As of late 2014 the global value of assets held by sharia-compliant financial institutions or in sharia-compliant financial instruments stood at about $1.8trn, according to Standard & Poor’s, and is growing at a rate of about 15% to 20% annually. Thomson Reuters believes the ultimate potential of Islamic banking itself in its core Muslim markets is $4.1trn, as measured by assets in the system – that compares with $985bn in assets at the time of the estimate, in 2012. In consumer goods, the Thomson Reuters study pegged the overall value of the market at $1.62trn as of 2013, and likely to reach $2.47trn by 2018.

Dubai is currently a major financial centre for sharia-compliant activity, and one of six countries in which Islamic financial assets are currently concentrated (the others being Saudi Arabia, Qatar, Indonesia, Turkey and Malaysia). Dubai’s government and corporations are leading issuers of sukuk, or the sharia-compliant alternative to bonds. To build human resources in the Islamic finance sector, the Dubai Centre for Islamic Banking and Finance (DCIBF) of Hamdan Bin Mohammad Smart University, is offering an executive masters of business administration (MBA) for Islamic finance.

One of the 46 initiatives of the global-capital plan has been to develop Dubai’s capital markets as a platform for secondary trading in sukuk. One of the first initiatives to be implemented, the establishment of the Dubai Global Sukuk Centre, was carried out with the stated aim of listing sukuk on either of the country’s two main securities exchanges, the Dubai Financial Market (DFM) and NASDAQ Dubai.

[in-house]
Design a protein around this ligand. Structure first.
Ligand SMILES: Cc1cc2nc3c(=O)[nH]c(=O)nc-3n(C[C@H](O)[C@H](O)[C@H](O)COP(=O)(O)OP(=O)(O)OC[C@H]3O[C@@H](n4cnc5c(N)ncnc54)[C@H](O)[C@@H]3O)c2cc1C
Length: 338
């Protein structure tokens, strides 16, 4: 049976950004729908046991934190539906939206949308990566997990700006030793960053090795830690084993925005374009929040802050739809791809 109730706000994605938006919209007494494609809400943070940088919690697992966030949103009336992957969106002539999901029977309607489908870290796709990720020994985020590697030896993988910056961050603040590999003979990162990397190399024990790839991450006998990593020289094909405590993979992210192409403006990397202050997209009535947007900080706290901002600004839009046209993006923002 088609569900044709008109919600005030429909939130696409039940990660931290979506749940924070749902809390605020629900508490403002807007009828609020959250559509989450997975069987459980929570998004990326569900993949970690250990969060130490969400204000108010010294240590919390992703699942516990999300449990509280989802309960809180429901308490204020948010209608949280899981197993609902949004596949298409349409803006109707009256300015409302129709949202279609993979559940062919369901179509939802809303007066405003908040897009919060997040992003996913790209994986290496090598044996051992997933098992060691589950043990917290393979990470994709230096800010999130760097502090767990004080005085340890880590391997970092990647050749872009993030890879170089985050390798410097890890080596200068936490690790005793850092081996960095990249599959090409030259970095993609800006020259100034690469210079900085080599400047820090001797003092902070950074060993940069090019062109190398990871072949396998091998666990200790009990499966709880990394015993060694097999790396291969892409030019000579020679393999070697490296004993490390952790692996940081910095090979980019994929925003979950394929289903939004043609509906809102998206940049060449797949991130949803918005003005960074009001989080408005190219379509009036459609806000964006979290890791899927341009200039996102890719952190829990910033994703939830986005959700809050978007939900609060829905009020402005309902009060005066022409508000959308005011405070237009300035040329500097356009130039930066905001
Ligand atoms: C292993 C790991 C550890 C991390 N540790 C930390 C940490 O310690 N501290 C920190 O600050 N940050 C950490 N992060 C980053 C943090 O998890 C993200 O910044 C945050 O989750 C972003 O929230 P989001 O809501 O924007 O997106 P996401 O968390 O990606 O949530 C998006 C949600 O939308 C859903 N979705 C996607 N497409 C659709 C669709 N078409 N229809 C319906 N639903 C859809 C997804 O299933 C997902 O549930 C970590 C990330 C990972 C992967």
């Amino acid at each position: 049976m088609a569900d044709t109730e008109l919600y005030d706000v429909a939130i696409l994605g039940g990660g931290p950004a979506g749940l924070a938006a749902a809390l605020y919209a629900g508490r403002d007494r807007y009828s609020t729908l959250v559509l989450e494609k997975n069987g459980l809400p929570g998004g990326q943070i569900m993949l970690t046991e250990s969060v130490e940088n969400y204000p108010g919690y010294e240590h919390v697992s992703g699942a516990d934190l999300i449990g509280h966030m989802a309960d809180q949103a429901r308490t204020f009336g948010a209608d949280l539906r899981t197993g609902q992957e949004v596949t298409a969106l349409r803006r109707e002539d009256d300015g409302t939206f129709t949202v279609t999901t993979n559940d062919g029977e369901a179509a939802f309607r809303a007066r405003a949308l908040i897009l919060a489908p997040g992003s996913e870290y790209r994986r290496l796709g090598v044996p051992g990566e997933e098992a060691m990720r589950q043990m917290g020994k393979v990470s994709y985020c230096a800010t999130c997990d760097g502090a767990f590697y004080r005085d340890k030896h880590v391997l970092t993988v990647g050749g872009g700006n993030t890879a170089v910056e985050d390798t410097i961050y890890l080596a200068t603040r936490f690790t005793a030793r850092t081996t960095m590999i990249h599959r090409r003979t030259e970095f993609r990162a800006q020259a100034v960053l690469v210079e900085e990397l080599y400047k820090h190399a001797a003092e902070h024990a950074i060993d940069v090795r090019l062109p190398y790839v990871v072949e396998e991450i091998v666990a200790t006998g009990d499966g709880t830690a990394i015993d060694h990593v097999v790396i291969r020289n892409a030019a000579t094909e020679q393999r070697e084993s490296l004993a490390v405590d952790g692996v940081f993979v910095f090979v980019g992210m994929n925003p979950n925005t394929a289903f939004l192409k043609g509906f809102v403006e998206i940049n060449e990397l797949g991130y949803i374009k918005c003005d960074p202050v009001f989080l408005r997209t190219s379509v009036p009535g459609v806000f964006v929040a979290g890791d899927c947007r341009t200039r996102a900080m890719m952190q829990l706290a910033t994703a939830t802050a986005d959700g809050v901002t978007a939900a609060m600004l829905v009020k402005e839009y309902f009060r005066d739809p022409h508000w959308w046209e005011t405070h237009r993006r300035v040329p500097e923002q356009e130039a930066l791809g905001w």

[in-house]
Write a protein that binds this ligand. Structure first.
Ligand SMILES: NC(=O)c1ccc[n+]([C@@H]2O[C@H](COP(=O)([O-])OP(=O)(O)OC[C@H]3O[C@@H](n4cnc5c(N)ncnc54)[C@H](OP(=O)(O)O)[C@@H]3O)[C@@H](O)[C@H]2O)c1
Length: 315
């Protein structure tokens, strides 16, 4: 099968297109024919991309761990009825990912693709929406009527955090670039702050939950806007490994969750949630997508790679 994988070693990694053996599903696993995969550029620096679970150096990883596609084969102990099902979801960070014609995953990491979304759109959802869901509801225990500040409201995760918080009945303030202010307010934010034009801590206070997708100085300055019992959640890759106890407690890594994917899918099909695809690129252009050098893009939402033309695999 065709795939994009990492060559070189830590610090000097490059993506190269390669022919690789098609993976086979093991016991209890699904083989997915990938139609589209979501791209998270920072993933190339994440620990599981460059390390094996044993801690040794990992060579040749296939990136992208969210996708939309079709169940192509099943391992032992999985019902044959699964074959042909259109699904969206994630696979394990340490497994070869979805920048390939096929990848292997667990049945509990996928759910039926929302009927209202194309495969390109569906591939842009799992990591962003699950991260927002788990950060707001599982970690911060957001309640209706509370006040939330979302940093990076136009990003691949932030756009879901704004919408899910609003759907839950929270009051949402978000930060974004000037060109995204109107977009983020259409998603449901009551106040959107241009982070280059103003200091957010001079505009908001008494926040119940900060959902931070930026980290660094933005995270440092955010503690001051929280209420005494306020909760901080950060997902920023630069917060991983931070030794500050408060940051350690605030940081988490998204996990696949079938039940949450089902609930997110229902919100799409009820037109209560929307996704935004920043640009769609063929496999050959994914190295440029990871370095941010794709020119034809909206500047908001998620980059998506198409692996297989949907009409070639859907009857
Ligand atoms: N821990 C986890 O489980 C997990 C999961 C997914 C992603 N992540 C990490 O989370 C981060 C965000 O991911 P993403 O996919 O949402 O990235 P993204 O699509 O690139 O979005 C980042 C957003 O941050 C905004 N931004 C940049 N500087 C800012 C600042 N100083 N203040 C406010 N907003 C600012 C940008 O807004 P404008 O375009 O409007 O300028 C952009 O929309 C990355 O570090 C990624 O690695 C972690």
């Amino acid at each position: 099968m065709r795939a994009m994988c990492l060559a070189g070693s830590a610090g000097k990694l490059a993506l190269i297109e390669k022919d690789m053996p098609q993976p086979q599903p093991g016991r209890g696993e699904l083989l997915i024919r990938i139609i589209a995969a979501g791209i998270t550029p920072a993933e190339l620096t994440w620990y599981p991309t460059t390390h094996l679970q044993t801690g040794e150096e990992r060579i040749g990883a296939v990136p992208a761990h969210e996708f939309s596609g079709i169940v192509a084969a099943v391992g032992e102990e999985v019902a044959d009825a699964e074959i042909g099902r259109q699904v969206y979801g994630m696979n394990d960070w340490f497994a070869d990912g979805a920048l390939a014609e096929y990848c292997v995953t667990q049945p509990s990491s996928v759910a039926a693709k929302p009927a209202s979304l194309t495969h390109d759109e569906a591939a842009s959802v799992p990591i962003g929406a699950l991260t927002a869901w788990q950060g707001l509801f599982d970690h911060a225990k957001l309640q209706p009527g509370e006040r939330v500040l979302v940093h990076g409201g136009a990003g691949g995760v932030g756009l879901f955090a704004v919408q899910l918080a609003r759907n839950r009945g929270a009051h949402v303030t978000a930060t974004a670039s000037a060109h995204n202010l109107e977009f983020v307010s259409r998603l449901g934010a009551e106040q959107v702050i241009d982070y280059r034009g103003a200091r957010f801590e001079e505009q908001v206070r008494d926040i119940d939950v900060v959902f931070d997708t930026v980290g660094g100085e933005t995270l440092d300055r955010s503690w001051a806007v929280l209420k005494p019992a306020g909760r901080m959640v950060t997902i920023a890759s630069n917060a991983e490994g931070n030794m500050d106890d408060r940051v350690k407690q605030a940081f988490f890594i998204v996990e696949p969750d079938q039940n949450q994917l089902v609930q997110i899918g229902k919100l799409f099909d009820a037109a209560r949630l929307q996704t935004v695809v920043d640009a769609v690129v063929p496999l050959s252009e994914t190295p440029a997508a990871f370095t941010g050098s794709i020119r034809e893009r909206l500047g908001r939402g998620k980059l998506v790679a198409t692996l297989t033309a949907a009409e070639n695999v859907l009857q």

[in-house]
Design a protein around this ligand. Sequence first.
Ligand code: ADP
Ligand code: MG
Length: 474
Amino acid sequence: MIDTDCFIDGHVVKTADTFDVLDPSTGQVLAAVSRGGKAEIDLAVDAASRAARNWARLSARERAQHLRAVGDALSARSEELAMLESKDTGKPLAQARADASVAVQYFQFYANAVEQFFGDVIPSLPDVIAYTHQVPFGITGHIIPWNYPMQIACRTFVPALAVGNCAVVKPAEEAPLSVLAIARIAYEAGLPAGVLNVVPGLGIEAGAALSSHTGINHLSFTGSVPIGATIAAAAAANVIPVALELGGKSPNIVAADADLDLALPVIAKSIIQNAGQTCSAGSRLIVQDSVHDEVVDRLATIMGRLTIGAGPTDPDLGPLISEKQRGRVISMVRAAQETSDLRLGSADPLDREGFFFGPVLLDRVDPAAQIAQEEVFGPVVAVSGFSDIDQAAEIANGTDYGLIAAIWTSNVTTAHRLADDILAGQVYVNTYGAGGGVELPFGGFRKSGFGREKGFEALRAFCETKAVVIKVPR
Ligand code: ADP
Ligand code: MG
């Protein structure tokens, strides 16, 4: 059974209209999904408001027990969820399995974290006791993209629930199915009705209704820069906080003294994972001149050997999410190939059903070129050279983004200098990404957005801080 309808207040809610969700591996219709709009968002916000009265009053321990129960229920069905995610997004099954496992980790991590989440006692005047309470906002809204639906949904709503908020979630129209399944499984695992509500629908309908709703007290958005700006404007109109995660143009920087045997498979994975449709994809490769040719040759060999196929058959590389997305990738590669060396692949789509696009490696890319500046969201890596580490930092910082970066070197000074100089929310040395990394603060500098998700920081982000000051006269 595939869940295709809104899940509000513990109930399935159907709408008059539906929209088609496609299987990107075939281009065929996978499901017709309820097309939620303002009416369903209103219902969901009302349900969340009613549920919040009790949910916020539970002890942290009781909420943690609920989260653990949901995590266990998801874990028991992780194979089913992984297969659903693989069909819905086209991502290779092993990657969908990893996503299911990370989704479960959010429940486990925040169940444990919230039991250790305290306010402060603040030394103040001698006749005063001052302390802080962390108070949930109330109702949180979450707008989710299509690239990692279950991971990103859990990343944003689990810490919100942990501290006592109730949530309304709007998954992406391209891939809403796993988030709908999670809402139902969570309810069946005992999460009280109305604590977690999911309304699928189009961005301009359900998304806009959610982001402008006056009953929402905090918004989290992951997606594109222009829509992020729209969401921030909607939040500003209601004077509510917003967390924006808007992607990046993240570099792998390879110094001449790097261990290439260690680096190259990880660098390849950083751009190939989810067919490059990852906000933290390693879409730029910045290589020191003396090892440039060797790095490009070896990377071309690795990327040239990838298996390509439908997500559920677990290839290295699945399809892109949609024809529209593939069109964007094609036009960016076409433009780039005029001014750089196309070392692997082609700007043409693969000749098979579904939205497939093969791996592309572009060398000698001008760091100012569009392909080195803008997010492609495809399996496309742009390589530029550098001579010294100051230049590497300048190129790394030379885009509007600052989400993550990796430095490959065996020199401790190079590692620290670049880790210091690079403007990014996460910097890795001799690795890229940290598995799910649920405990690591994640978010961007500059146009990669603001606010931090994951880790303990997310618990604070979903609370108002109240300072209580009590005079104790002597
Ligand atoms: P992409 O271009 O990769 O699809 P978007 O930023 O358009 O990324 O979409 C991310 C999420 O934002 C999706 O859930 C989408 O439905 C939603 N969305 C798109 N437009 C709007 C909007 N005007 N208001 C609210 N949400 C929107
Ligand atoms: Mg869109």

The centre was launched in 2013 and by year-end 11 new sukuk were listed, bringing the total listed value to $13.28bn, according to the annual report of the DFM. Dubai now counts as the third-largest sukuk market worldwide, behind London and Kuala Lumpur, and the emirate expects the sukuk market to grow from $251bn in issues outstanding in 2012 to $421bn by 2017, according to DIEDC figures.

Halal Goods

Total Muslim spending in the food-and-beverage sector totalled $1.09bn in 2012, or 16.6% of the global total – a figure that is expected to grow to $1.63bn by 2018, according to Thomson Reuters. Currently 75% of halal food is produced in non-Muslim countries, making this more of an untapped opportunity to be captured than, for example, tourism or Islamic finance, where Dubai is already a leader.

While food may seem the most obvious area in which halal rules are necessary, halal concepts can be applied in a number of other industries, including pharmaceuticals, clothing, media, cosmetics and tourism. Clothing, a key element of the halal consumer typology, accounted for $224bn in 2012, or 10.6% of global expenditure, according to Thomson Reuters. Brands emerging in the cosmetics sector, such as Wardah, Ivy and OnePure, guarantee users that all of the ingredients used in their production are halal.

Attempting to provide a home base of sorts for global Islamic financial markets could prove tremendously profitable for Dubai. However, though the emirate has many factors in its favour, already being a major Islamic finance centre with easy access to global markets, the same things that have presented challenges to centralising the global Islamic economy in the past – such as setting standards for transactions in a wide range of cultures – will continue to pose difficulties.

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The Report: Dubai 2015